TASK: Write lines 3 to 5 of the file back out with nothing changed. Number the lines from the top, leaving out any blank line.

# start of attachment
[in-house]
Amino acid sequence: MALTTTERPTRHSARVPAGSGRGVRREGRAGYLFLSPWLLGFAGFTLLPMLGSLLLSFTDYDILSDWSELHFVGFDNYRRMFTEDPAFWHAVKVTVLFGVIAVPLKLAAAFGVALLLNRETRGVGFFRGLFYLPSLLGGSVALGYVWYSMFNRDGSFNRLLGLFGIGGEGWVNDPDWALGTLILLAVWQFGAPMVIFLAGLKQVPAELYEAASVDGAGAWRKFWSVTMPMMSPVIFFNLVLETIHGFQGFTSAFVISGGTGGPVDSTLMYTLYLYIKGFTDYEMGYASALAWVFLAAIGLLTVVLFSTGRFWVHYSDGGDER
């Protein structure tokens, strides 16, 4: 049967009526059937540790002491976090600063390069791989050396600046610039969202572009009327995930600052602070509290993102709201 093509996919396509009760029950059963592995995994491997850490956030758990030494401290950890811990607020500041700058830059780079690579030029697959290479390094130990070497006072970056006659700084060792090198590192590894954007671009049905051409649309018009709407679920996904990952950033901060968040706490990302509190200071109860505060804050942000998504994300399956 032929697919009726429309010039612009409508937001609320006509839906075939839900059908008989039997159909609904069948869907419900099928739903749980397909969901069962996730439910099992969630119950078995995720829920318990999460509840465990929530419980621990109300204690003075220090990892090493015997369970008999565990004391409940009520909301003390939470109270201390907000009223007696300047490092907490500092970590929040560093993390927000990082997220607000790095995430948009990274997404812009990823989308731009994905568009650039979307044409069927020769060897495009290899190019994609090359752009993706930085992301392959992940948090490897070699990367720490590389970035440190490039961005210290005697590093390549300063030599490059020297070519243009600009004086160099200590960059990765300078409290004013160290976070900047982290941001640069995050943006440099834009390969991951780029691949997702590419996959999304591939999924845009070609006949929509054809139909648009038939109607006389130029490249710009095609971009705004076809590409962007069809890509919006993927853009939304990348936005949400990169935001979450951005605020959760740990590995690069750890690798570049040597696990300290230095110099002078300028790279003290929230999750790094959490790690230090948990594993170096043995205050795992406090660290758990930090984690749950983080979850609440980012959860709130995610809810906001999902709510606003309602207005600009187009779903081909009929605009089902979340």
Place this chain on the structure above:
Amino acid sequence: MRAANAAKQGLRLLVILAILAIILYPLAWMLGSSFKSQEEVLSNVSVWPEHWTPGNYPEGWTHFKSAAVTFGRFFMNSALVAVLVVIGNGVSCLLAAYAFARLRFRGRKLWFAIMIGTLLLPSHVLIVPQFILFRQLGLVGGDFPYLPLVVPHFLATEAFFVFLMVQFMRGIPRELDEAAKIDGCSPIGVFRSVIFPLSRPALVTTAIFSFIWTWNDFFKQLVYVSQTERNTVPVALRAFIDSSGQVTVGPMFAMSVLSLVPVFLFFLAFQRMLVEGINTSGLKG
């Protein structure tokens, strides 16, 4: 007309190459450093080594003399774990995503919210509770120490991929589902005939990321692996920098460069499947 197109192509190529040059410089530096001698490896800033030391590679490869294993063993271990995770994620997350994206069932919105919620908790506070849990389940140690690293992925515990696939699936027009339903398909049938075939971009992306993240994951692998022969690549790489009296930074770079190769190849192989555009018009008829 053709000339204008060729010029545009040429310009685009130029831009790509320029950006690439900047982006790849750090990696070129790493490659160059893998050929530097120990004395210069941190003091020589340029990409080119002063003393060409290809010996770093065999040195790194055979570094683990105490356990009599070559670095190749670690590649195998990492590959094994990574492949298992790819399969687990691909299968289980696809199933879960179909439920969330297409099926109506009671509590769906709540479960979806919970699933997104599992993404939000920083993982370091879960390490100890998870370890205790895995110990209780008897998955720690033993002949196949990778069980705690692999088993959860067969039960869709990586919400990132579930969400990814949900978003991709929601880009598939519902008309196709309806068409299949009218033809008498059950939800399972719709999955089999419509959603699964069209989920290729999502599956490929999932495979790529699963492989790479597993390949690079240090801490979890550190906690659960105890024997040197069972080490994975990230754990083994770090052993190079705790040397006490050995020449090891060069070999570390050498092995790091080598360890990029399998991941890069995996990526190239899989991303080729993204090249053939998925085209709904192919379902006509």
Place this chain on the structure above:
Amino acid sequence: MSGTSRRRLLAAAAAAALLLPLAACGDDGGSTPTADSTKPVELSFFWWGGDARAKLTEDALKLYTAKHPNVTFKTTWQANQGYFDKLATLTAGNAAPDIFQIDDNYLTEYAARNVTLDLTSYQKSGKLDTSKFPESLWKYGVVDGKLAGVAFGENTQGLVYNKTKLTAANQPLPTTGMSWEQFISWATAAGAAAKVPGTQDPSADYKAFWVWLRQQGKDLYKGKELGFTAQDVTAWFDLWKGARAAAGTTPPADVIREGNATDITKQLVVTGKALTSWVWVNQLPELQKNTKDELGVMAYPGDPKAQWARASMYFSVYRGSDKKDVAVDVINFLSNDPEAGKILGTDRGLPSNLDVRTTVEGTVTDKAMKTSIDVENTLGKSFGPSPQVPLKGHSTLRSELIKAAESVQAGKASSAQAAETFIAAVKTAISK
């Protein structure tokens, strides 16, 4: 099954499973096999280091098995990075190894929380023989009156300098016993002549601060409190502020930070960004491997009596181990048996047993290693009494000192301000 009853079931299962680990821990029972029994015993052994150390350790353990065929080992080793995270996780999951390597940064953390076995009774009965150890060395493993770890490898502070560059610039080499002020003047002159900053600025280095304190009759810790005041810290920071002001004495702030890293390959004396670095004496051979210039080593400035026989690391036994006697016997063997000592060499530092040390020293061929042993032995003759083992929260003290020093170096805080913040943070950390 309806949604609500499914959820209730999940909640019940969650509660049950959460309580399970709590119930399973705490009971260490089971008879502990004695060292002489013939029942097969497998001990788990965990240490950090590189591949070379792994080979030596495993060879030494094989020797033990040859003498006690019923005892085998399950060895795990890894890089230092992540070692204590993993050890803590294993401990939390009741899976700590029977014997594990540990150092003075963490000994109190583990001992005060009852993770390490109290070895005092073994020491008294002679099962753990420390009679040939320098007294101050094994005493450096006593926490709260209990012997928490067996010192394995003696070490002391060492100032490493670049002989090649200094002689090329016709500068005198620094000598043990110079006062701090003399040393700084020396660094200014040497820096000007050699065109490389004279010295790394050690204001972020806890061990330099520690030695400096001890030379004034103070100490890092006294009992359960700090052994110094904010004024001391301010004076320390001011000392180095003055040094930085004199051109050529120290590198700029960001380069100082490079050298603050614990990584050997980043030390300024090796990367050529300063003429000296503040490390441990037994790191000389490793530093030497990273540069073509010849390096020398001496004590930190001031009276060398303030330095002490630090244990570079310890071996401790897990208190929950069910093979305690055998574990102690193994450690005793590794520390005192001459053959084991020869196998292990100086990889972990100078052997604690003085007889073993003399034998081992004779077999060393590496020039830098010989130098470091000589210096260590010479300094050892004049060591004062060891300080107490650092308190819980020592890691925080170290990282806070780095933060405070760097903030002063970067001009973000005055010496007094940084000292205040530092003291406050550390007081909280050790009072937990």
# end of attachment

């Protein structure tokens, strides 16, 4: 049967009526059937540790002491976090600063390069791989050396600046610039969202572009009327995930600052602070509290993102709201 093509996919396509009760029950059963592995995994491997850490956030758990030494401290950890811990607020500041700058830059780079690579030029697959290479390094130990070497006072970056006659700084060792090198590192590894954007671009049905051409649309018009709407679920996904990952950033901060968040706490990302509190200071109860505060804050942000998504994300399956 032929697919009726429309010039612009409508937001609320006509839906075939839900059908008989039997159909609904069948869907419900099928739903749980397909969901069962996730439910099992969630119950078995995720829920318990999460509840465990929530419980621990109300204690003075220090990892090493015997369970008999565990004391409940009520909301003390939470109270201390907000009223007696300047490092907490500092970590929040560093993390927000990082997220607000790095995430948009990274997404812009990823989308731009994905568009650039979307044409069927020769060897495009290899190019994609090359752009993706930085992301392959992940948090490897070699990367720490590389970035440190490039961005210290005697590093390549300063030599490059020297070519243009600009004086160099200590960059990765300078409290004013160290976070900047982290941001640069995050943006440099834009390969991951780029691949997702590419996959999304591939999924845009070609006949929509054809139909648009038939109607006389130029490249710009095609971009705004076809590409962007069809890509919006993927853009939304990348936005949400990169935001979450951005605020959760740990590995690069750890690798570049040597696990300290230095110099002078300028790279003290929230999750790094959490790690230090948990594993170096043995205050795992406090660290758990930090984690749950983080979850609440980012959860709130995610809810906001999902709510606003309602207005600009187009779903081909009929605009089902979340």
Place this chain on the structure above:
Amino acid sequence: MRAANAAKQGLRLLVILAILAIILYPLAWMLGSSFKSQEEVLSNVSVWPEHWTPGNYPEGWTHFKSAAVTFGRFFMNSALVAVLVVIGNGVSCLLAAYAFARLRFRGRKLWFAIMIGTLLLPSHVLIVPQFILFRQLGLVGGDFPYLPLVVPHFLATEAFFVFLMVQFMRGIPRELDEAAKIDGCSPIGVFRSVIFPLSRPALVTTAIFSFIWTWNDFFKQLVYVSQTERNTVPVALRAFIDSSGQVTVGPMFAMSVLSLVPVFLFFLAFQRMLVEGINTSGLKG